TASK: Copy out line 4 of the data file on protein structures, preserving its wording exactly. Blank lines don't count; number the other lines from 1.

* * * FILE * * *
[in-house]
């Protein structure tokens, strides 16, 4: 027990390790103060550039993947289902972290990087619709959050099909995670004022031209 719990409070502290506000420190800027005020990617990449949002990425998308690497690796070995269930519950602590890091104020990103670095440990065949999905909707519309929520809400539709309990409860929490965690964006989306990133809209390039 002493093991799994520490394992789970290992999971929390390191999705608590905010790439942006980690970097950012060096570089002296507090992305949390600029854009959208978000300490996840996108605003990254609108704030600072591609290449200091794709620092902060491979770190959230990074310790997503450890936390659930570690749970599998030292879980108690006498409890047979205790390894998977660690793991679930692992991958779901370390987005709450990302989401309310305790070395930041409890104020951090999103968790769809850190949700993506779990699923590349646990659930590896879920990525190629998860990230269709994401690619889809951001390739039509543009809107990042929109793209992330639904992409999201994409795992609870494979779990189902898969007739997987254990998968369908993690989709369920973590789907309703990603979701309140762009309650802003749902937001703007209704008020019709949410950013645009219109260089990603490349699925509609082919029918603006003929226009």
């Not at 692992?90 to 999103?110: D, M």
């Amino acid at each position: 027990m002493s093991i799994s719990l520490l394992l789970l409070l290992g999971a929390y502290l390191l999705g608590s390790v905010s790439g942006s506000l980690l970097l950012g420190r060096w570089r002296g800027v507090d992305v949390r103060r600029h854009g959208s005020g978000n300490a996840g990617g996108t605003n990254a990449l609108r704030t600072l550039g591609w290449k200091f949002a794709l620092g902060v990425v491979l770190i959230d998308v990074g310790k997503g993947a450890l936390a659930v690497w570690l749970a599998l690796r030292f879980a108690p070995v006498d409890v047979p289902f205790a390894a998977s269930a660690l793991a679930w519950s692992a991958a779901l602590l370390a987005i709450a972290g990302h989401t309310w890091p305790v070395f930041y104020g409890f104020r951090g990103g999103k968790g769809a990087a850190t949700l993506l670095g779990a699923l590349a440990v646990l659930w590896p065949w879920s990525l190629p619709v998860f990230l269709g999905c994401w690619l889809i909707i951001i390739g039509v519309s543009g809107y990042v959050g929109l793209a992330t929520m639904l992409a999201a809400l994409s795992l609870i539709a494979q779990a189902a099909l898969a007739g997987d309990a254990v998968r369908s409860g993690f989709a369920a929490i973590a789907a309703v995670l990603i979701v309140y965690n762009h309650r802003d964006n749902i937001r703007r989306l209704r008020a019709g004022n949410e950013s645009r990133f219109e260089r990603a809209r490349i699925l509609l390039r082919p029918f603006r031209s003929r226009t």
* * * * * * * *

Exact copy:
């Amino acid at each position: 027990m002493s093991i799994s719990l520490l394992l789970l409070l290992g999971a929390y502290l390191l999705g608590s390790v905010s790439g942006s506000l980690l970097l950012g420190r060096w570089r002296g800027v507090d992305v949390r103060r600029h854009g959208s005020g978000n300490a996840g990617g996108t605003n990254a990449l609108r704030t600072l550039g591609w290449k200091f949002a794709l620092g902060v990425v491979l770190i959230d998308v990074g310790k997503g993947a450890l936390a659930v690497w570690l749970a599998l690796r030292f879980a108690p070995v006498d409890v047979p289902f205790a390894a998977s269930a660690l793991a679930w519950s692992a991958a779901l602590l370390a987005i709450a972290g990302h989401t309310w890091p305790v070395f930041y104020g409890f104020r951090g990103g999103k968790g769809a990087a850190t949700l993506l670095g779990a699923l590349a440990v646990l659930w590896p065949w879920s990525l190629p619709v998860f990230l269709g999905c994401w690619l889809i909707i951001i390739g039509v519309s543009g809107y990042v959050g929109l793209a992330t929520m639904l992409a999201a809400l994409s795992l609870i539709a494979q779990a189902a099909l898969a007739g997987d309990a254990v998968r369908s409860g993690f989709a369920a929490i973590a789907a309703v995670l990603i979701v309140y965690n762009h309650r802003d964006n749902i937001r703007r989306l209704r008020a019709g004022n949410e950013s645009r990133f219109e260089r990603a809209r490349i699925l509609l390039r082919p029918f603006r031209s003929r226009t």